Ebola Virus Disease

Textbooks on tropical diseases in Africa are well out of date. With the recognition of new and deadly viral infections - Lassa, Marburg, Ebola, Congo-Crimean Hemorrhagic Fever, Rift Valley Fever, and AIDS - the classical descriptions of major diseases such as malaria and yellow fever must be thoroughly revised, and to the roster of more minor ailments can be added dengue, Chikungunya, O'Nyong Nyong, West Nile fever, and others. One must be ready to challenge earlier descriptions of African fevers in general. Malaria in particular has been an "umbrella" diagnosis, which obscured and still obscures the diagnosis of other, sometimes dangerous concomitant illnesses in regions where malaria itself is endemic to hyperendemic. The absolute need for laboratory confirmation to support the clinical impression is slowly being recognized. This must extend beyond the simple demonstration of presence of malaria parasites in the blood. Malaria parasites in the blood certainly prove that the individual in question harbors the parasite. But it is not necessarily proof that the actual immediate infection from which the individual is suffering is related to the existing chronic malarial position. Treatment of the malarial infection is indicated, and is followed almost universally in tropical Africa, with or without confirmation of the presence of malaria parasites. The first diagnosis entertained for all of the viral infections listed above is almost always "malaria."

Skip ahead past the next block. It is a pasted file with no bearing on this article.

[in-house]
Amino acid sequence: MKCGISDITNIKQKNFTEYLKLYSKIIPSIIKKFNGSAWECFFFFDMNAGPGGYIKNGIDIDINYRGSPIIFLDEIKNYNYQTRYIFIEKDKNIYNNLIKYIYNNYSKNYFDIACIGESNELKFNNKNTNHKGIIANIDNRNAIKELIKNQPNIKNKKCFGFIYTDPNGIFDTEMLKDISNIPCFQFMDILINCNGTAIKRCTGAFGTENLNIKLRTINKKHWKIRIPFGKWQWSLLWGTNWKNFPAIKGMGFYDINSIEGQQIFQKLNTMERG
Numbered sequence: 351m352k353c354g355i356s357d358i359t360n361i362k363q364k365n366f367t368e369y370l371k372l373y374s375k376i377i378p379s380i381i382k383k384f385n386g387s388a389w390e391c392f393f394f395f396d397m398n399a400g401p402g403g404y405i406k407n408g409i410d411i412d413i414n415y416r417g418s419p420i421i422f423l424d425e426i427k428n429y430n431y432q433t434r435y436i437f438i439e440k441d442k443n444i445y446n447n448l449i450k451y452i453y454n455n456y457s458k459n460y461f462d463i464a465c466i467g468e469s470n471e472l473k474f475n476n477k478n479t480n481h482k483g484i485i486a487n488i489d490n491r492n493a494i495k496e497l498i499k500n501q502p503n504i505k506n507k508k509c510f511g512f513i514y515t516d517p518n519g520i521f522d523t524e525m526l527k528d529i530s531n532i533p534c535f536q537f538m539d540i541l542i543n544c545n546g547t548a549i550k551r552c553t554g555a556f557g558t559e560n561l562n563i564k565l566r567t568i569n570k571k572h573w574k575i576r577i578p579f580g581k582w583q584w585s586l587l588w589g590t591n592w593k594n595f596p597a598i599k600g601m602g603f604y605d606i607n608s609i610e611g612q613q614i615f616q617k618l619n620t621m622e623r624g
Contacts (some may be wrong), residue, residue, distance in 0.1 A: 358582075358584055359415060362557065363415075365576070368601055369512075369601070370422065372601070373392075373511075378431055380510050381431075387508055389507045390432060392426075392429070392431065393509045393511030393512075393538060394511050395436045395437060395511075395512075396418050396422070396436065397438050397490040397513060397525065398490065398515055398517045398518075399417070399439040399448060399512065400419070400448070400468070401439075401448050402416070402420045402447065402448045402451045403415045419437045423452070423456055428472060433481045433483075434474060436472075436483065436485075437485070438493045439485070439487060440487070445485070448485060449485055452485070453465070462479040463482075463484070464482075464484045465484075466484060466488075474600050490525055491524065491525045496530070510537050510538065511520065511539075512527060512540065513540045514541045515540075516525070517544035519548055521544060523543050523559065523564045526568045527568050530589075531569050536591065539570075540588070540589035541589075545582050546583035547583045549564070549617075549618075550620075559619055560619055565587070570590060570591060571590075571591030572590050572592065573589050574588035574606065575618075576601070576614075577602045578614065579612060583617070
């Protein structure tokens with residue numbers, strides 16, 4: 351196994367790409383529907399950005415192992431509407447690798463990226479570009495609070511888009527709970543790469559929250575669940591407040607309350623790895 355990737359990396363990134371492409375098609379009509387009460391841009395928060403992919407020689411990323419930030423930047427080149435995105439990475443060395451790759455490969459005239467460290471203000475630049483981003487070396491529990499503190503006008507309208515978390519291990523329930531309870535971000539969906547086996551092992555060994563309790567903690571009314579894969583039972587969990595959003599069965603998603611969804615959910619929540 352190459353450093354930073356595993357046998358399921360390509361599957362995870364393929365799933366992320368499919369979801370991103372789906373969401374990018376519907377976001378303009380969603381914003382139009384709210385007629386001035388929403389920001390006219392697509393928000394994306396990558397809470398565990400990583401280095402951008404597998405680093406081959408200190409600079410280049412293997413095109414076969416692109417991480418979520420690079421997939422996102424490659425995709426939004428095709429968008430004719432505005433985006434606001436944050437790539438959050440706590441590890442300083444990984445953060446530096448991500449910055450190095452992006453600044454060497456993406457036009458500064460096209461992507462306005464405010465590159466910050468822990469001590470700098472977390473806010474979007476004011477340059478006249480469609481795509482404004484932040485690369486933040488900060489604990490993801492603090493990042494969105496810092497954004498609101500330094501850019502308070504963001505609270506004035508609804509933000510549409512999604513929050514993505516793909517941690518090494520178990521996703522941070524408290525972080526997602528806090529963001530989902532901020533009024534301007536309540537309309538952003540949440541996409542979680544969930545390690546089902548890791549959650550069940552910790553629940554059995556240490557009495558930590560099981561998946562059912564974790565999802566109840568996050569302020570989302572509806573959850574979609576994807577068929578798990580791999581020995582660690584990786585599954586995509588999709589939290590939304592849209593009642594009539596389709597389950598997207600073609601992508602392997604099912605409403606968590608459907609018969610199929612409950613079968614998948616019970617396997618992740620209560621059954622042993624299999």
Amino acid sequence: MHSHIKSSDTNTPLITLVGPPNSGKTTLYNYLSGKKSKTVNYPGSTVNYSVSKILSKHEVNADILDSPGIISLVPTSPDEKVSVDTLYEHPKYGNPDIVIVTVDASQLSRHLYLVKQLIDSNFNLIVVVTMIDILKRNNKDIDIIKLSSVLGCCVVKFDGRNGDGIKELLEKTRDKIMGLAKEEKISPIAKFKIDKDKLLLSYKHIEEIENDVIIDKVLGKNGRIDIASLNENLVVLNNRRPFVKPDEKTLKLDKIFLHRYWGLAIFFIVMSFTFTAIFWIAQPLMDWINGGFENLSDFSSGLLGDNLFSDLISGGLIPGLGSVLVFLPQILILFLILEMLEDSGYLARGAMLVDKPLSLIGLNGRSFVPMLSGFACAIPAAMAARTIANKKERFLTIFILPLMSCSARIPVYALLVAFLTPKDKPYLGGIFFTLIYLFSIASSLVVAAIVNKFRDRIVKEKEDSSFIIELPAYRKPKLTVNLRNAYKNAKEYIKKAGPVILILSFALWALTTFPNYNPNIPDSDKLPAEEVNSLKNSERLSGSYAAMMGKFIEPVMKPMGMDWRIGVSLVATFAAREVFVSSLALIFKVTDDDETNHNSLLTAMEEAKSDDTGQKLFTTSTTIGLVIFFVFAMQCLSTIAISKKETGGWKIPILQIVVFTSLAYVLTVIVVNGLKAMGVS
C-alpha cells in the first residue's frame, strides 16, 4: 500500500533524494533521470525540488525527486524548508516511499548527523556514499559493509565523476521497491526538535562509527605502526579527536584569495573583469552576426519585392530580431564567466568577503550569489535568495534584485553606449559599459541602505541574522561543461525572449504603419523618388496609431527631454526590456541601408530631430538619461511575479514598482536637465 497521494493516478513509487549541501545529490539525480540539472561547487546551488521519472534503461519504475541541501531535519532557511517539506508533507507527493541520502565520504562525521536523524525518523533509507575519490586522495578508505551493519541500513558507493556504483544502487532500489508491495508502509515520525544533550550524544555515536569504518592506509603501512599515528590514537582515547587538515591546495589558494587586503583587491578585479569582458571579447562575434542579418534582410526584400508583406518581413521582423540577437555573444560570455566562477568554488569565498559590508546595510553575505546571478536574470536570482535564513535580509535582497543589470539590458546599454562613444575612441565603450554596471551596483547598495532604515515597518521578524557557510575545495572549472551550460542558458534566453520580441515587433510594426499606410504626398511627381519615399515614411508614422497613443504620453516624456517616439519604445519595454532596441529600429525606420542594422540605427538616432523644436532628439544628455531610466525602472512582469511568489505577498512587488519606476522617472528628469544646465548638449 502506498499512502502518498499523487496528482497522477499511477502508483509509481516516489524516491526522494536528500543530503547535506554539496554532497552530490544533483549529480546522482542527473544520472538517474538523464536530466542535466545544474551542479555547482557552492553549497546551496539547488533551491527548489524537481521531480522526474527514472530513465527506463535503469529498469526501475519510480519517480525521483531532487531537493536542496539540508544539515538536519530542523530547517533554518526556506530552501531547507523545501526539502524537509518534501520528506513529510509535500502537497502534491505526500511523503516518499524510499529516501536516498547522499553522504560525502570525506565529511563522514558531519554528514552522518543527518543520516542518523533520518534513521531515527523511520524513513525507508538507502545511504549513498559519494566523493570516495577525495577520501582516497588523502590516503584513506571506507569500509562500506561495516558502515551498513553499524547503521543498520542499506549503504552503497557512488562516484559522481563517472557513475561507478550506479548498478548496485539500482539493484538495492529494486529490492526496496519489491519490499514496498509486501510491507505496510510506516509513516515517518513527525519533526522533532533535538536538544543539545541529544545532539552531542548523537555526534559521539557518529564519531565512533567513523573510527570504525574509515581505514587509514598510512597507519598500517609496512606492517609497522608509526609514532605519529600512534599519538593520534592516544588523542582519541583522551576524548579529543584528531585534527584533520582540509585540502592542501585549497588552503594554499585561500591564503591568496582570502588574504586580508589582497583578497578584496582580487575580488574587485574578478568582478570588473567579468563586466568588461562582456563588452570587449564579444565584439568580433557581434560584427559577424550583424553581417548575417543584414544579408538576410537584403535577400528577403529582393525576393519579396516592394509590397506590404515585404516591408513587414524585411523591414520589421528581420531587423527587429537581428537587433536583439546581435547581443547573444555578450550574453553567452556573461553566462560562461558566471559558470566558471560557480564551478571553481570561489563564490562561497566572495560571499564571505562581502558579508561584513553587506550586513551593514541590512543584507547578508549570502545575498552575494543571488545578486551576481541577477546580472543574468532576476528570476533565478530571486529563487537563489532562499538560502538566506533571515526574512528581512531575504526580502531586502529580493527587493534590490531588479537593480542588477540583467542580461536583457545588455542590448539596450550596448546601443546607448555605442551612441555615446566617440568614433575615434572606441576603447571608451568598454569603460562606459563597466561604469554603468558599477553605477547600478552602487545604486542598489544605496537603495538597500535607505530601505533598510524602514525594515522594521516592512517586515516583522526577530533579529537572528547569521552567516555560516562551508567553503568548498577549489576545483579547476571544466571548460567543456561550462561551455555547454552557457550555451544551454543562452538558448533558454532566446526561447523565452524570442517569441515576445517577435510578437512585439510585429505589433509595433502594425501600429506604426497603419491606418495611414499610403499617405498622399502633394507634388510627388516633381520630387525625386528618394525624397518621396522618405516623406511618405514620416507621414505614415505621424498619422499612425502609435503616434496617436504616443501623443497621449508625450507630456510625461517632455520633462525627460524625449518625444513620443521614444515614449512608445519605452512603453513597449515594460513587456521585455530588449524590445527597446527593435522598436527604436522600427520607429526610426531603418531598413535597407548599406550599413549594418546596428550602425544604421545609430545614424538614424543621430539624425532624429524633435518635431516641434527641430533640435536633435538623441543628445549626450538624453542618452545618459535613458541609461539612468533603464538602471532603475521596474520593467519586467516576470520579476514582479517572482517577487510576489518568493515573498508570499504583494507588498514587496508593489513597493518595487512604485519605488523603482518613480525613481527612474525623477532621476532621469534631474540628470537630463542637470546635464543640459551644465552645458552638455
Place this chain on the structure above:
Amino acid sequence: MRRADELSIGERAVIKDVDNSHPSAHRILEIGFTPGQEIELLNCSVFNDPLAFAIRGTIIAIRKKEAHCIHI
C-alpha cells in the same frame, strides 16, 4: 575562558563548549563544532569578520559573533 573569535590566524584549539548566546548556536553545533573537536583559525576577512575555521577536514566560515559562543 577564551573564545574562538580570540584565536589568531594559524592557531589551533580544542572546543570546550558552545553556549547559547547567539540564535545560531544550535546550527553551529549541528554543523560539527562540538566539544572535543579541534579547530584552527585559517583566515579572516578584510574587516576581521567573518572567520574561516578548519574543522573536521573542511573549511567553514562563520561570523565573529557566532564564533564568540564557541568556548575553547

It is when the patient does not respond to the antimalarial therapy exhibited that other possible diagnoses are considered. In addition to the viral possibilities, the list should also include influenza, typhoid fever, various rickettsioses, leptospiral infections, bacterial and viral enteropathogenic agents -indeed the range of infections capable of inducing a febrile response.

After the appearance of the Marburg virus in 1967 and the Lassa virus in 1969 had given a jolt to complacency, the Ebola virus in 1976 provoked a convulsive shudder. The Ebola story began with almost simultaneous outbreaks of a deadly infection in the Maridi region of southern Sudan and in the Bumba Zone of the equator region of north central Zaire, neighboring on the Sudan, and in towns along the course of the Ebola River. The Sudan and Zaire foci are about 150 kilometers distant from each other, and people are continually passing back and forth between these regions.

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